The surgery went well. I kept the incision as short as I thought I could. The calf was kicking his hind legs as soon as I incised the uterus. I grabbed the legs, stood up, and pulled the calf out of the uterus. 

He flopped on the ground and shook his head. I don’t think he weighed 50 pounds, but he was a vigorous little thing.

With the short incisions, I had things closed up in short order. I released the heifer’s hind legs and moved the bales so she could roll over and rest on her sternum. She was a little surprised when I pulled the calf over under her nose. 

I cleaned myself up and put my jacket on again. The warmth was welcome. The heifer jumped up when I released the rope around her neck. Rob came through the back door of the barn about that time.

“How are things going?” Rob asked.

“You have a spunky little calf, and his mom seems to have some idea what she is supposed to do,” I said. “I would keep them in for a few days to make sure everything is going to be okay. I will get back up here when this snow melts and check her over. You call if you think I need to look at her before then.”

“How did this happen, Doc?” Rob asked.

“You have to separate the bull from the herd after breeding season,” I said. 

“Will, I guess I don’t have a breeding season,” Rob said. “There always seems to be a cow or two needs some extra time to get pregnant.”

“If you want to rest from calving, where you are not calving all year long, you have to cull those cows,” I said. “They might be good cows, but every year they will be a little later, and pretty soon you lose an entire year. Plus, when you get around to selling your calves, you will get a better price if they are all about the same age.”

“I guess you are right,” Rob said. “I just never thought that a heifer could get pregnant at 4 or 5 months of age.”

“Like I said before,” I said. “The system is made to work.”

Photo by Will Mu from Pexels

Always have Rabies at the Top of Your List

D. E. Larsen, DVM

“We have a cow coming in this morning for Necropsy,” Dr. Norrdin said. “The ambulatory people have been treating this cow all week, and it died this morning.”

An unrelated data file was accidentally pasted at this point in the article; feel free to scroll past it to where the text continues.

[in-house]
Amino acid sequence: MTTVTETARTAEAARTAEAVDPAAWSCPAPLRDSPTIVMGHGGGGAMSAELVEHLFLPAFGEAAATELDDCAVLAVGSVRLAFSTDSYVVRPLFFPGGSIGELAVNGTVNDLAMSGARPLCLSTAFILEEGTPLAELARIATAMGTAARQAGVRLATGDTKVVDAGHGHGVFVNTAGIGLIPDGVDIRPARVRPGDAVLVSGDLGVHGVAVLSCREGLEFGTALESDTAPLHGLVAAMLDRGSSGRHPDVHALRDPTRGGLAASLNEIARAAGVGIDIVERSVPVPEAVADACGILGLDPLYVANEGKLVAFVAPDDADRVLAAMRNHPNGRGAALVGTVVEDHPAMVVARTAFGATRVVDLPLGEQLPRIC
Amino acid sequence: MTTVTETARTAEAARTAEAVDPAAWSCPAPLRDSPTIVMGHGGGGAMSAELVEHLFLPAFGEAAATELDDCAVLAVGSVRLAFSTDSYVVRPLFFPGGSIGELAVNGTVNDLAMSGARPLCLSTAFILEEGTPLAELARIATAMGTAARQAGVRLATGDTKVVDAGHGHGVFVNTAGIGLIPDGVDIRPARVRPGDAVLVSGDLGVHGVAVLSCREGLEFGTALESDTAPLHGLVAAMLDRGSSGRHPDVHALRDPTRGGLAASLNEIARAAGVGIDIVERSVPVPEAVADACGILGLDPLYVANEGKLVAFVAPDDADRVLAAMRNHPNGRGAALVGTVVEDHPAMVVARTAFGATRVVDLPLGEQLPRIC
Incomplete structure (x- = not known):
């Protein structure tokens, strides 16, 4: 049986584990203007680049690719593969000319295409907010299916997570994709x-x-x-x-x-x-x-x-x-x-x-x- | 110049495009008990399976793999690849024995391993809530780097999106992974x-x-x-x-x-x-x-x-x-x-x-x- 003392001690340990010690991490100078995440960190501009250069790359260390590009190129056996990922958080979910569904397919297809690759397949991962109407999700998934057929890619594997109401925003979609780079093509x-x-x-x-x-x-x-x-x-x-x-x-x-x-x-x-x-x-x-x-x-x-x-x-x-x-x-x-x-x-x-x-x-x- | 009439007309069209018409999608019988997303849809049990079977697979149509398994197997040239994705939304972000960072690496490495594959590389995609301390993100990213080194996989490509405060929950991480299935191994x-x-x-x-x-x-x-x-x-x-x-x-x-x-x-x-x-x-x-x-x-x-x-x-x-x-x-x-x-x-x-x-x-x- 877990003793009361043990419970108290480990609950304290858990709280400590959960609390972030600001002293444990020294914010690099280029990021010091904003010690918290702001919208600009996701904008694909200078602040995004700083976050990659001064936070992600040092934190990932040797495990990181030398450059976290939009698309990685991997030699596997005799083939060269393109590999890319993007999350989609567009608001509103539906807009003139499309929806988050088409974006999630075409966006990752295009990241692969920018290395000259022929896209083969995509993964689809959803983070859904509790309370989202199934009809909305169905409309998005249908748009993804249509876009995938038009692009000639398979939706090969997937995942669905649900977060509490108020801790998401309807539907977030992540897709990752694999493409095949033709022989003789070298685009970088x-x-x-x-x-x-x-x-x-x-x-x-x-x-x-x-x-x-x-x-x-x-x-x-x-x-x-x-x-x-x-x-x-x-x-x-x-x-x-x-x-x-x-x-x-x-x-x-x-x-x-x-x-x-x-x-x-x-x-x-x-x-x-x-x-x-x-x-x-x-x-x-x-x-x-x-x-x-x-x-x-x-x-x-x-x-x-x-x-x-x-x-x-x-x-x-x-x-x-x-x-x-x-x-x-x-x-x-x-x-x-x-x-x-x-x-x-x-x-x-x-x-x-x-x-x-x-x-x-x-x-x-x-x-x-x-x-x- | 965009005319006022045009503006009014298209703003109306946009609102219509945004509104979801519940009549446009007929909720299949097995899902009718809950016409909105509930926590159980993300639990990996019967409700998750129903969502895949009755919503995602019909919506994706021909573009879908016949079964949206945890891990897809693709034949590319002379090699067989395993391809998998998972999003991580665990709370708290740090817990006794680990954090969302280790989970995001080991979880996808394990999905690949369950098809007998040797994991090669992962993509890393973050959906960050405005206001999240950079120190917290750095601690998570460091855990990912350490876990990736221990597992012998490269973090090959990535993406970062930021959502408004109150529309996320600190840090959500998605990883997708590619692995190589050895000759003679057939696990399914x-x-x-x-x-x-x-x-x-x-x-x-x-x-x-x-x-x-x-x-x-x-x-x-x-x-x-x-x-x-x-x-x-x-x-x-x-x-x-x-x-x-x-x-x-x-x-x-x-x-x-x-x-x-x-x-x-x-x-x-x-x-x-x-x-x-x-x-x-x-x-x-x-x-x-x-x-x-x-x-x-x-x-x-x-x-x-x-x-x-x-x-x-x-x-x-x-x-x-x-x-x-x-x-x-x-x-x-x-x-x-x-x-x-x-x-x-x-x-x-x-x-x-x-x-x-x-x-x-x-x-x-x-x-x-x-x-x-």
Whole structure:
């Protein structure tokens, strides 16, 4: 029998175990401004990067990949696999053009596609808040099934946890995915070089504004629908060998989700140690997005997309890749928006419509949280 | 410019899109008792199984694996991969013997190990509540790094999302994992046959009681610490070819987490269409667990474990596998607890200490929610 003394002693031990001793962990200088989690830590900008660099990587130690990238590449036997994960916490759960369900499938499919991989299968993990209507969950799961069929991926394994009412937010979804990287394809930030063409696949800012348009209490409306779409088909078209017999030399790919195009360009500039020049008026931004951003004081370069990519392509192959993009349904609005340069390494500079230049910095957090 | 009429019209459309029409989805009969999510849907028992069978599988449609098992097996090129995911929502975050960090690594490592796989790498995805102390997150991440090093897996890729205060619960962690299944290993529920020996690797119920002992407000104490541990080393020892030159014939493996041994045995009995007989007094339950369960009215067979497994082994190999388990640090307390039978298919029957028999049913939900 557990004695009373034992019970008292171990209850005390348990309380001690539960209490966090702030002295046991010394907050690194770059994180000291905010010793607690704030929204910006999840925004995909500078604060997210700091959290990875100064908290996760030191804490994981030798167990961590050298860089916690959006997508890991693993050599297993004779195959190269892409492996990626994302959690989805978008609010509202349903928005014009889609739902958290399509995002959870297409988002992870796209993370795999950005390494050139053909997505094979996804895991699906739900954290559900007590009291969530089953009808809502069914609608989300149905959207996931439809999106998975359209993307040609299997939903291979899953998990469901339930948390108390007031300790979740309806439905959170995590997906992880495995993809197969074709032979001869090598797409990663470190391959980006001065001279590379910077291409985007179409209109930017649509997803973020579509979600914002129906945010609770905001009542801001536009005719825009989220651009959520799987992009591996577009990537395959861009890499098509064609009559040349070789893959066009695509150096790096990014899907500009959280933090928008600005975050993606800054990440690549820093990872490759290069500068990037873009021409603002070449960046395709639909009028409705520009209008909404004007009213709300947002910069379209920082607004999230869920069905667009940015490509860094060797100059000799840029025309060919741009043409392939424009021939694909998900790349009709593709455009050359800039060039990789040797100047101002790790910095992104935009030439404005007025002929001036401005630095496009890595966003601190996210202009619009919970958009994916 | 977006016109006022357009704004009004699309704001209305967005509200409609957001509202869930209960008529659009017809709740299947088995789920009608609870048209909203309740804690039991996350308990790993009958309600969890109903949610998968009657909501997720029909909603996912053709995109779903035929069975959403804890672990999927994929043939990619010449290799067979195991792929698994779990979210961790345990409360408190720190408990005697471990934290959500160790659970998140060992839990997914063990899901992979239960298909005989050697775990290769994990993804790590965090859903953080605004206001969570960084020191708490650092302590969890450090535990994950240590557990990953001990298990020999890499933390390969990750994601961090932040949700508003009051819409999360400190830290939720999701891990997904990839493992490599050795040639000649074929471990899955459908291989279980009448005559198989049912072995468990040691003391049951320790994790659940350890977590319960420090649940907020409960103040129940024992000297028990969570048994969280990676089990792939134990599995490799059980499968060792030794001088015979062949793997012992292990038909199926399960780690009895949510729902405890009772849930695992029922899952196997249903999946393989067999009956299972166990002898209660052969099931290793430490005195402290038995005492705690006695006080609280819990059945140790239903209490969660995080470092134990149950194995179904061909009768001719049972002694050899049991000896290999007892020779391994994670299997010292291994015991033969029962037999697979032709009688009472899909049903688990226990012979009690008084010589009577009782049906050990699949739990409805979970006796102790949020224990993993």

“It should be a good time for it, we don’t have anything in the cooler to work on,” I said.

“This cow died with neurological signs,” Dr. Norrdin said. “I want you guys to be thoughtful during this necropsy. Especially you, Larsen, when you remove the brain. Do you have any idea what I might be talking about.”

I had talked with a classmate earlier in the week about this cow. He was working on the ambulatory service this summer. Colorado State University had to scramble to keep students in the clinic during the summer months to keep up with the workload.

This cow had been looked at by two different clinicians and their students on multiple occasions. The cow suffered from a progressive neurological deterioration. People had their hands in the cow’s mouth and into the back of her throat, trying to ensure there was no foreign body causing some swallowing difficulties.

“What kind of a differential diagnosis list should you be working within your mind when treating a neurological case?” Dr. Norrdin asked.

I had been lax during the summer and was not used to coming up with immediate answers. This job was sort of one to do the manual labor of the necropsy room. It obviously provided a tremendous learning experience but from observation, not rote memory from a textbook.

“I guess viral encephalitis would be on the list, along with secondary bacterial meningitis from any of the respiratory viruses,” I said.

“You came close with your first guess,” Dr. Norrdin said. “You should always have rabies on your list. It should be at the top of your list, even though you will not see it often these days. The reason is that if you miss that diagnosis and fail to take care of yourself, you end up dead.”

“That is probably a good point,” I said.

“So be thoughtful, and work with your mouth closed today,” Dr. Norrdin said. “Hopefully, that will not be the diagnosis. If it is, we will have a mess. There have been over a dozen guys with their arms down this cow’s throat in the past week. The clinicians have really dropped the ball on this case.”

When the truck with the dead cow backed up the loading dock, we shackled the cow’s hock and picked her up with the hoist. This allowed us to move her on the track to the middle of the necropsy room floor.

We started the necropsy under the direct supervision of Dr. Norrdin. This was unusual in its self, we seldom had direct supervision at this stage. Dr. Norrdin was very worried about a possible rabies case, and he wanted to make sure everything was carefully documented.